Determinants of the proinflammatory action of ambient particulate matter in immortalized murine macrophages.

TitleDeterminants of the proinflammatory action of ambient particulate matter in immortalized murine macrophages.
Publication TypeJournal Article
Year of Publication2010
AuthorsGuastadisegni C, Kelly FJ, Cassee FR, Gerlofs-Nijland ME, Janssen NAH, Pozzi R, Brunekreef B, Sandstrom T, Mudway I
JournalEnviron Health Perspect
Volume118
Issue12
Pagination1728-34
Date Published2010 Dec
ISSN1552-9924
KeywordsAir Pollutants, Animals, Arachidonic Acid, Cell Line, Cell Survival, Inflammation Mediators, Macrophages, Mice, Particle Size, Particulate Matter, Pentetic Acid, Tumor Necrosis Factor-alpha
Abstract

BACKGROUND: Proximity to traffic-related pollution has been associated with poor respiratory health in adults and children.

OBJECTIVES: We wished to test the hypothesis that particulate matter (PM) from high-traffic sites would display an enhanced capacity to elicit inflammation.

METHODS: We examined the inflammatory potential of coarse [2.5-10 µm in aerodynamic diameter (PM(2.5-10))] and fine [0.1-2.5 µm in aerodynamic diameter (PM(0.1-2.5))] PM collected from nine sites throughout Europe with contrasting traffic contributions. We incubated murine monocytic-macrophagic RAW264.7 cells with PM samples from these sites (20 or 60 µg/cm²) and quantified their capacity to stimulate the release of arachidonic acid (AA) or the production of interleukin-6 and tumor necrosis factor-α (TNFα) as measures of their inflammatory potential. Responses were then related to PM composition: metals, hydrocarbons, anions/cations, and endotoxin content.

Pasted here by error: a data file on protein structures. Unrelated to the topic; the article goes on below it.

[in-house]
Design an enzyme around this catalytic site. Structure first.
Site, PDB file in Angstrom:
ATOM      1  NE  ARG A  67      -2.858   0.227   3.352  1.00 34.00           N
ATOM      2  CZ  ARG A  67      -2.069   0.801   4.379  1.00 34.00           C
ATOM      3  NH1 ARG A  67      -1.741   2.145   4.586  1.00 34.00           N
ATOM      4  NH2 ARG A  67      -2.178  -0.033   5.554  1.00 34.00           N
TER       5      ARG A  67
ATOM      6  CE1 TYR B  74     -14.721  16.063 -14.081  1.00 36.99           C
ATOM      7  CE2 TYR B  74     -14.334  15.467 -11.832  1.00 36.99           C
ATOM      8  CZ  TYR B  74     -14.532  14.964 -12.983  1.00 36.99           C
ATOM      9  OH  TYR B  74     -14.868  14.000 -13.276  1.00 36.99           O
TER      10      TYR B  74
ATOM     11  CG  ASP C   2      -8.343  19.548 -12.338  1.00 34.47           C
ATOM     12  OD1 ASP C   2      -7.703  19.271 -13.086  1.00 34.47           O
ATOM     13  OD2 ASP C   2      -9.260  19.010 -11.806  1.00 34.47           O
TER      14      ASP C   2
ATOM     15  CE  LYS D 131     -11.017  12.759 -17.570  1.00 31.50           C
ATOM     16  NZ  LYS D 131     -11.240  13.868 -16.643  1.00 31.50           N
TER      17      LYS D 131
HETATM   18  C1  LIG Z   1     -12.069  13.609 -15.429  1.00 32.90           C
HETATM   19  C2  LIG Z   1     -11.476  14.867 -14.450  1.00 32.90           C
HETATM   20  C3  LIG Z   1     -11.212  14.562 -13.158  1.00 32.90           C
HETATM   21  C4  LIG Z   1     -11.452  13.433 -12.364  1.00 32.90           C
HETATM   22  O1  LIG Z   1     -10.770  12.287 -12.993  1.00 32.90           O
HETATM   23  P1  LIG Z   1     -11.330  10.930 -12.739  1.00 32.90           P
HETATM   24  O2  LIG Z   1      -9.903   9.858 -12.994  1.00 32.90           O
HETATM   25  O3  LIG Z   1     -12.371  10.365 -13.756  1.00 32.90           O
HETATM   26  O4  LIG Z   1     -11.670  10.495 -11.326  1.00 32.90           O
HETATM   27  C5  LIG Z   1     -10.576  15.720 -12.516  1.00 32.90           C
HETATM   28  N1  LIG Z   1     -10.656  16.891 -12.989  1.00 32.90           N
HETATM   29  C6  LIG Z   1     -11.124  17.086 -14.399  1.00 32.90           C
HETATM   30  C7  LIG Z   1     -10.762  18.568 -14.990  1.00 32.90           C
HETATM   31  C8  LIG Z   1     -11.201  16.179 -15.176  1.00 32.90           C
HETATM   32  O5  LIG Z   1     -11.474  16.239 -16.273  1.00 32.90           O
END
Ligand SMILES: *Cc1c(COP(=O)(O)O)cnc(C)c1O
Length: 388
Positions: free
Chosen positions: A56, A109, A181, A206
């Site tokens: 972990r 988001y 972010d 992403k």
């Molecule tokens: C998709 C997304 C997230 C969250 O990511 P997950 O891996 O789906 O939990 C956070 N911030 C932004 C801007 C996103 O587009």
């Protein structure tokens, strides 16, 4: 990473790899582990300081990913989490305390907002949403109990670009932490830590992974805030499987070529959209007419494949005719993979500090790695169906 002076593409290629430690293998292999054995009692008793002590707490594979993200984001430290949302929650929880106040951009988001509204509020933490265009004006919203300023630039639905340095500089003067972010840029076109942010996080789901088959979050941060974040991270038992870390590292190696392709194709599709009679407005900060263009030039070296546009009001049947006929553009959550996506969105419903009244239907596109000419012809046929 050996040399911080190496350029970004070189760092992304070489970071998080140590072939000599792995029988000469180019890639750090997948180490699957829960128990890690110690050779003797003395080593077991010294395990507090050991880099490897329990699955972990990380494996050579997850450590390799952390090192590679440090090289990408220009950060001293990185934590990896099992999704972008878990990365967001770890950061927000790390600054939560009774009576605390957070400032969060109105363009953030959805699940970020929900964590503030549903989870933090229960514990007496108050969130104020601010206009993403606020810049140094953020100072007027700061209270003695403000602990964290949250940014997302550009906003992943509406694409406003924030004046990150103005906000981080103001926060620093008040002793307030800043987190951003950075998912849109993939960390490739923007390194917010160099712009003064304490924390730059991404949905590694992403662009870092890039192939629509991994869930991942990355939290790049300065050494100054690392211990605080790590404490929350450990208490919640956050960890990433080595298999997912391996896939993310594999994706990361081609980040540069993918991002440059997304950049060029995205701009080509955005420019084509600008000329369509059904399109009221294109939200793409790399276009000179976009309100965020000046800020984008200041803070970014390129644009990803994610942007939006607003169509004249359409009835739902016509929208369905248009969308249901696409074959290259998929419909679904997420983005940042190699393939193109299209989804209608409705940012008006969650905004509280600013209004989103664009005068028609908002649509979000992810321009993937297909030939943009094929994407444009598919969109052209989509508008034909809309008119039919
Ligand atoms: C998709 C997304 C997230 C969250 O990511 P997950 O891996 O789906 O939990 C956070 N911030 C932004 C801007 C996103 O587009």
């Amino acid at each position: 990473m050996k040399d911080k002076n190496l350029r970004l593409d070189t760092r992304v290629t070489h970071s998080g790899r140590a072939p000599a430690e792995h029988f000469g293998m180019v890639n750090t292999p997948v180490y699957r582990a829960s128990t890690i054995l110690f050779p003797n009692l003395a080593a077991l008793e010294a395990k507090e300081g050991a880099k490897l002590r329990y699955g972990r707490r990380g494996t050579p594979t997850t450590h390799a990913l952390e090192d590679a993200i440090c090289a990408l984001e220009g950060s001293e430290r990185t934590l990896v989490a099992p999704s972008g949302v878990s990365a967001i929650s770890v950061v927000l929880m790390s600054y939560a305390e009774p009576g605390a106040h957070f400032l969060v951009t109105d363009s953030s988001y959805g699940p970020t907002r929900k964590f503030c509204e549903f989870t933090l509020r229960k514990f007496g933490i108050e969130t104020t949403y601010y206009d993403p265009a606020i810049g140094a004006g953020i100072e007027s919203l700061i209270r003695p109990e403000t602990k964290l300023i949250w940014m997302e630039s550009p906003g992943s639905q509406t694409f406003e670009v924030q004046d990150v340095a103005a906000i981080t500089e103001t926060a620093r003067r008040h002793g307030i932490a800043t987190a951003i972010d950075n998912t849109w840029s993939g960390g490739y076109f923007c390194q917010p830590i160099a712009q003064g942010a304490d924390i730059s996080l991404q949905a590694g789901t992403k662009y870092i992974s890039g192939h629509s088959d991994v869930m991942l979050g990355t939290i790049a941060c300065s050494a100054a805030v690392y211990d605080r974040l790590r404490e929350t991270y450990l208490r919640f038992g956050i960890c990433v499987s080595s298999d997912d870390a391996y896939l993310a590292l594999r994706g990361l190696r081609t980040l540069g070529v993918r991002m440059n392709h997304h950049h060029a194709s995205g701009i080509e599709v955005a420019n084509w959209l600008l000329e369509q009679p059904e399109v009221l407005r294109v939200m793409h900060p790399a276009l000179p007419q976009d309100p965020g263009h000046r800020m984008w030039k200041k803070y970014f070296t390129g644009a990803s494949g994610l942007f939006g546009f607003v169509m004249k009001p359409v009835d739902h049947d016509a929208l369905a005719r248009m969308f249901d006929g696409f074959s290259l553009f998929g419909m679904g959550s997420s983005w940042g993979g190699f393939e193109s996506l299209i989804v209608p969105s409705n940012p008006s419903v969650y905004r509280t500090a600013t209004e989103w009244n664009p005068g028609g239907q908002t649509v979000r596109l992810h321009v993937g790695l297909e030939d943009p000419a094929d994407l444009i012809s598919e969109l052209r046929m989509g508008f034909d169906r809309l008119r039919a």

RESULTS: Inflammatory responses to ambient PM varied markedly on an equal mass basis, with PM(2.5-10) displaying the largest signals and contrasts among sites. Notably, we found no evidence of enhanced inflammatory potential at high-traffic sites and observed some of the largest responses at sites distant from traffic. Correlation analyses indicated that much of the sample-to-sample contrast in the proinflammatory response was related to the content of endotoxin and transition metals (especially iron and copper) in PM(2.5-10). Use of the metal chelator diethylene triamine pentaacetic acid inhibited AA release, whereas recombinant endotoxin-neutralizing protein partially inhibited TNFα production, demonstrating that different PM components triggered inflammatory responses through separate pathways.

CONCLUSIONS: We found no evidence that PM collected from sites in close proximity to traffic sources displayed enhanced proinflammatory activity in RAW264.7 cells.

DOI10.1289/ehp.1002105
Alternate JournalEnviron. Health Perspect.
PubMed ID20663738
PubMed Central IDPMC3002192
Grant ListG0801056 / / Medical Research Council / United Kingdom
/ / Medical Research Council / United Kingdom